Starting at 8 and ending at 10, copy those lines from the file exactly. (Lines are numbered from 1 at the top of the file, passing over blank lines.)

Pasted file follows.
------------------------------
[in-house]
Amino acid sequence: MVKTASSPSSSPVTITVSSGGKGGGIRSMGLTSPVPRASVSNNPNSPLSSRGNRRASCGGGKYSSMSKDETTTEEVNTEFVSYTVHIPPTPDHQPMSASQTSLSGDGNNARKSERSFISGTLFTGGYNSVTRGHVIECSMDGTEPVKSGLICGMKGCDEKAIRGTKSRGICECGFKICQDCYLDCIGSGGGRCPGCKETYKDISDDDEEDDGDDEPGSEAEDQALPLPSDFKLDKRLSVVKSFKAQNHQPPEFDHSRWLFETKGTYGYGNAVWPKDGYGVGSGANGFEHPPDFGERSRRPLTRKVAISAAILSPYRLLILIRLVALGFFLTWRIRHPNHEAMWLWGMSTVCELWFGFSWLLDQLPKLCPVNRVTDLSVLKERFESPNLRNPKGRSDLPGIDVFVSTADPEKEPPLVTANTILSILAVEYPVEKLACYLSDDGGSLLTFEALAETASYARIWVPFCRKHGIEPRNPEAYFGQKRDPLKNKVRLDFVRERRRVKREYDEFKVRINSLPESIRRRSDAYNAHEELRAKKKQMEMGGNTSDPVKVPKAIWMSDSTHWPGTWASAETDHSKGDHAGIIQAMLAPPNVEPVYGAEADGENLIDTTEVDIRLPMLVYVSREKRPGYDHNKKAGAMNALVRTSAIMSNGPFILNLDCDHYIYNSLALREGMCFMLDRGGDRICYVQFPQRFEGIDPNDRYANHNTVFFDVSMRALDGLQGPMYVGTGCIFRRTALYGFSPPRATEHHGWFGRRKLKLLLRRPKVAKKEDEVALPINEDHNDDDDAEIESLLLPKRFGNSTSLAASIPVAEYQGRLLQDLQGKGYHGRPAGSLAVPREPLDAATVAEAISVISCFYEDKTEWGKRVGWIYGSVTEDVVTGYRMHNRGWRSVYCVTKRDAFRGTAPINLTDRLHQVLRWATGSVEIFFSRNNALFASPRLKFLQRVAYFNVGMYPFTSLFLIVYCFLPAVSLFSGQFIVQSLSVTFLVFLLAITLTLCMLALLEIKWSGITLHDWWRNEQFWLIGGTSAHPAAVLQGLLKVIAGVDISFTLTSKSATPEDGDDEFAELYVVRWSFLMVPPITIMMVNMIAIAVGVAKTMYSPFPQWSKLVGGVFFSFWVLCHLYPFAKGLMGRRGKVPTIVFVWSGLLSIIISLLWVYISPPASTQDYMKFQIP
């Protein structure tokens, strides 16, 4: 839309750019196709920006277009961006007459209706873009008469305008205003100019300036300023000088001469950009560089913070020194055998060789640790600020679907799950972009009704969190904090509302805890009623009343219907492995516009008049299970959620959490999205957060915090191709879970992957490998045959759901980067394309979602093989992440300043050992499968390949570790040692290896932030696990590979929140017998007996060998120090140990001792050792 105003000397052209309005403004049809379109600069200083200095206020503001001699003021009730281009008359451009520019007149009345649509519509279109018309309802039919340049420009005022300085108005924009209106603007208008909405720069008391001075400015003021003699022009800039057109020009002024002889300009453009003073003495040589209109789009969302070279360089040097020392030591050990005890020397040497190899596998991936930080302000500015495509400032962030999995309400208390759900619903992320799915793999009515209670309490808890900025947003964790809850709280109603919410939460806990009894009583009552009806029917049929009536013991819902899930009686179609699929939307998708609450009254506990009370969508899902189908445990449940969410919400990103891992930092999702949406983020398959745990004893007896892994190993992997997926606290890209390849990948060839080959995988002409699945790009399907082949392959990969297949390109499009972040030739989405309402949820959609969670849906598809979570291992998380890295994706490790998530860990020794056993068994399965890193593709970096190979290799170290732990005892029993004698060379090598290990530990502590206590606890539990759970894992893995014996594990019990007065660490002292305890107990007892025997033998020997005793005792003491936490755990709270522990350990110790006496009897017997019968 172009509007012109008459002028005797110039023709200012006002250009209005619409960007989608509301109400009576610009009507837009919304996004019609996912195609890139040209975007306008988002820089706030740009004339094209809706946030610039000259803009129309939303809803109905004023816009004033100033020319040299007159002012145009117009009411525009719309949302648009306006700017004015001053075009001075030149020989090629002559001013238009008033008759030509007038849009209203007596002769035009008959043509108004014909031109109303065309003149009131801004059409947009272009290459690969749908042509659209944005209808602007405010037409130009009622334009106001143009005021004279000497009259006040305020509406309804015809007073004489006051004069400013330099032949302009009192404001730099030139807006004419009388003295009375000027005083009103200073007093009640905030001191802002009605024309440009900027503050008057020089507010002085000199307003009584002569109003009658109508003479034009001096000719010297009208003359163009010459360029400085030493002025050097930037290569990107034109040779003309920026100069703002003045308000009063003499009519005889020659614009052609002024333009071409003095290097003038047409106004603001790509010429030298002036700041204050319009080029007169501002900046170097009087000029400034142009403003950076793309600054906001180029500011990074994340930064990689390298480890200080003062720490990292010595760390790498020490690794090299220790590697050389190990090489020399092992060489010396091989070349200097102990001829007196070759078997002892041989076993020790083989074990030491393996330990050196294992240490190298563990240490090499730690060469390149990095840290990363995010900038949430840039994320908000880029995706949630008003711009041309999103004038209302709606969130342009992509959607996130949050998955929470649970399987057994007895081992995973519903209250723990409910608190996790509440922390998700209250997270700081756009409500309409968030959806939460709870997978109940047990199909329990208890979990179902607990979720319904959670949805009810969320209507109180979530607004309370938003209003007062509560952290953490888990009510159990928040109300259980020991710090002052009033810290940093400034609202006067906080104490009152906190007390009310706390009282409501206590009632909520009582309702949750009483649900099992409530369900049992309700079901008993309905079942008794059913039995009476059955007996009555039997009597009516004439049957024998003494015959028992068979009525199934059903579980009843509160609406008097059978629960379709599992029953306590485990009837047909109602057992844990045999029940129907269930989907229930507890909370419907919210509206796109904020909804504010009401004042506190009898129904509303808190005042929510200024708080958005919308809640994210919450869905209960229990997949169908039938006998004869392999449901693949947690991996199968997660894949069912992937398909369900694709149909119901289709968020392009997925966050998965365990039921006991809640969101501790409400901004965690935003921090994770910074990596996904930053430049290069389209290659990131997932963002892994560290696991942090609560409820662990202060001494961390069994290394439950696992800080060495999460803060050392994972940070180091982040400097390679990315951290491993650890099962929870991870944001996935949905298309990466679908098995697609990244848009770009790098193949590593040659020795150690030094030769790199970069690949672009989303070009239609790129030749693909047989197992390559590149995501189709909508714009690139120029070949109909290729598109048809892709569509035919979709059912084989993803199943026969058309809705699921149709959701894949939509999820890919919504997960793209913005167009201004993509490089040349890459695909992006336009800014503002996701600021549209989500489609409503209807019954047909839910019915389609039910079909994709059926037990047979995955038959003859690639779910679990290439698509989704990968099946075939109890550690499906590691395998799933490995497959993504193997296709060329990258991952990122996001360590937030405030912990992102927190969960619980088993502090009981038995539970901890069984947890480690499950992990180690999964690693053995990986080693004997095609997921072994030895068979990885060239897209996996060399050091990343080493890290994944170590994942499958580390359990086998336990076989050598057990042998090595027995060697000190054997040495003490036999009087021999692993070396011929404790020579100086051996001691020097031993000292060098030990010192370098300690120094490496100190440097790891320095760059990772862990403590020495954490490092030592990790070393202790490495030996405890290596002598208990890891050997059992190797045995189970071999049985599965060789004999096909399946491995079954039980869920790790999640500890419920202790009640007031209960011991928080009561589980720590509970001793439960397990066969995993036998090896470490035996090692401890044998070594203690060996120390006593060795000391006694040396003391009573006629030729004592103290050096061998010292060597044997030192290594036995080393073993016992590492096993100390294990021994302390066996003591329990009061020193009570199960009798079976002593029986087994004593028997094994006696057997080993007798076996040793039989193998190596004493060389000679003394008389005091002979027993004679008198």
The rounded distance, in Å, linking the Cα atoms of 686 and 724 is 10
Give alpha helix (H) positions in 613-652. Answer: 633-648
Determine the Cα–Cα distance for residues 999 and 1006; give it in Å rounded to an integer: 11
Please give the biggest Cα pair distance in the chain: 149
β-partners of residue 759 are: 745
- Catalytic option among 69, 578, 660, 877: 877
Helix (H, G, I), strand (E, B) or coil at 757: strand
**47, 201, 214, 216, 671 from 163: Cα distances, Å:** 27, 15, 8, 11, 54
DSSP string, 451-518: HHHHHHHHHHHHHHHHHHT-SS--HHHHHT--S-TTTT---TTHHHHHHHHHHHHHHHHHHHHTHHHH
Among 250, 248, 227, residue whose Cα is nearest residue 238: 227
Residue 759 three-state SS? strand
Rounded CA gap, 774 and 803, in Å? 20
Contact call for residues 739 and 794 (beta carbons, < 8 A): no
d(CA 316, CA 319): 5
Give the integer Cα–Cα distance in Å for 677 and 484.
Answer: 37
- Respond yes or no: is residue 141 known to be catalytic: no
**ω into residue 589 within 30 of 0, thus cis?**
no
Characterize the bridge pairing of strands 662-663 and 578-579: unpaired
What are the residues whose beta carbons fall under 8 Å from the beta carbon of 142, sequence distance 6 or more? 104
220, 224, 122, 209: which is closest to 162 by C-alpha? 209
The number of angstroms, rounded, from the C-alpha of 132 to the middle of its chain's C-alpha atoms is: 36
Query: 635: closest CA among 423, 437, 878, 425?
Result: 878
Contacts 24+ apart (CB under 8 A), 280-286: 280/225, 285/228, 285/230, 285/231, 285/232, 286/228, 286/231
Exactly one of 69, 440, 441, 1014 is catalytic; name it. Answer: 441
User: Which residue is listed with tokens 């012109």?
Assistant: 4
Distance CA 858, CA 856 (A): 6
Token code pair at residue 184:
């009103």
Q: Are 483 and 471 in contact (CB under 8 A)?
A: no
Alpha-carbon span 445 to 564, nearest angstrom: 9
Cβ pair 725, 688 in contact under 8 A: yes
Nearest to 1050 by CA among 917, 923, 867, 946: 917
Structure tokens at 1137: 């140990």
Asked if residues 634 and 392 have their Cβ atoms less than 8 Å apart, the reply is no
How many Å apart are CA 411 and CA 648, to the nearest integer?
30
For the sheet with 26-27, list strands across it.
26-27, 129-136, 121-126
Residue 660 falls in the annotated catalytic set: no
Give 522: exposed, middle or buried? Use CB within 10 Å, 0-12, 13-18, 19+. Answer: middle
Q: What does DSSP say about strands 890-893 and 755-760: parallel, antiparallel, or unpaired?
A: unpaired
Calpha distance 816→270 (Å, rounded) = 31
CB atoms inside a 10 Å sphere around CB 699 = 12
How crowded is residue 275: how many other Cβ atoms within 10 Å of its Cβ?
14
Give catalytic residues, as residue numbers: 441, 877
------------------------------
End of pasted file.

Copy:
β-partners of residue 759 are: 745
- Catalytic option among 69, 578, 660, 877: 877
Helix (H, G, I), strand (E, B) or coil at 757: strand